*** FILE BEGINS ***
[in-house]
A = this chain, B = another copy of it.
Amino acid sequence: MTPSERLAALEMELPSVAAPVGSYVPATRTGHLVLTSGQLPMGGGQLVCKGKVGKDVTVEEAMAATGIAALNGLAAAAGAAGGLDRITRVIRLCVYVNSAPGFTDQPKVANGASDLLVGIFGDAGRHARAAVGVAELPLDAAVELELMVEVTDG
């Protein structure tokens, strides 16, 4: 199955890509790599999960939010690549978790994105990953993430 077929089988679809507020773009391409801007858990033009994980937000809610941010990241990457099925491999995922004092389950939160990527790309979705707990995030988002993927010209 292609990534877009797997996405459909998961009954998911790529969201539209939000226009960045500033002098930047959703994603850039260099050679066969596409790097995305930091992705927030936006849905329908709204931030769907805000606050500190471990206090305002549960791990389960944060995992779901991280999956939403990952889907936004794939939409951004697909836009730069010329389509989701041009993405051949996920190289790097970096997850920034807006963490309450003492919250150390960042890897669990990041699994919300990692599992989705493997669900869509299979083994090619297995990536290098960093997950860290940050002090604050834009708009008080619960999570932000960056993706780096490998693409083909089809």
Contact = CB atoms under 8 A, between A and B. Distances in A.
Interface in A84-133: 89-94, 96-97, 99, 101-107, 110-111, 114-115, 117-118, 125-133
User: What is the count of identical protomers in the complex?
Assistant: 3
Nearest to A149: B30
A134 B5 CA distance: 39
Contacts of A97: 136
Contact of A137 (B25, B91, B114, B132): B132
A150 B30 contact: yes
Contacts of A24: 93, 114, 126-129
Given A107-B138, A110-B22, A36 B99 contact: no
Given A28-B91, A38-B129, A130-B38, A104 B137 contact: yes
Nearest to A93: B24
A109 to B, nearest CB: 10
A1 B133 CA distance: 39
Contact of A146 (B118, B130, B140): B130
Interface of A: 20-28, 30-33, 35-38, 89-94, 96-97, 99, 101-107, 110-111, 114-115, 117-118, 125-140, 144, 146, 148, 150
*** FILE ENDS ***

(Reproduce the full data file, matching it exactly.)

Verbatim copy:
[in-house]
A = this chain, B = another copy of it.
Amino acid sequence: MTPSERLAALEMELPSVAAPVGSYVPATRTGHLVLTSGQLPMGGGQLVCKGKVGKDVTVEEAMAATGIAALNGLAAAAGAAGGLDRITRVIRLCVYVNSAPGFTDQPKVANGASDLLVGIFGDAGRHARAAVGVAELPLDAAVELELMVEVTDG
């Protein structure tokens, strides 16, 4: 199955890509790599999960939010690549978790994105990953993430 077929089988679809507020773009391409801007858990033009994980937000809610941010990241990457099925491999995922004092389950939160990527790309979705707990995030988002993927010209 292609990534877009797997996405459909998961009954998911790529969201539209939000226009960045500033002098930047959703994603850039260099050679066969596409790097995305930091992705927030936006849905329908709204931030769907805000606050500190471990206090305002549960791990389960944060995992779901991280999956939403990952889907936004794939939409951004697909836009730069010329389509989701041009993405051949996920190289790097970096997850920034807006963490309450003492919250150390960042890897669990990041699994919300990692599992989705493997669900869509299979083994090619297995990536290098960093997950860290940050002090604050834009708009008080619960999570932000960056993706780096490998693409083909089809």
Contact = CB atoms under 8 A, between A and B. Distances in A.
Interface in A84-133: 89-94, 96-97, 99, 101-107, 110-111, 114-115, 117-118, 125-133
User: What is the count of identical protomers in the complex?
Assistant: 3
Nearest to A149: B30
A134 B5 CA distance: 39
Contacts of A97: 136
Contact of A137 (B25, B91, B114, B132): B132
A150 B30 contact: yes
Contacts of A24: 93, 114, 126-129
Given A107-B138, A110-B22, A36 B99 contact: no
Given A28-B91, A38-B129, A130-B38, A104 B137 contact: yes
Nearest to A93: B24
A109 to B, nearest CB: 10
A1 B133 CA distance: 39
Contact of A146 (B118, B130, B140): B130
Interface of A: 20-28, 30-33, 35-38, 89-94, 96-97, 99, 101-107, 110-111, 114-115, 117-118, 125-140, 144, 146, 148, 150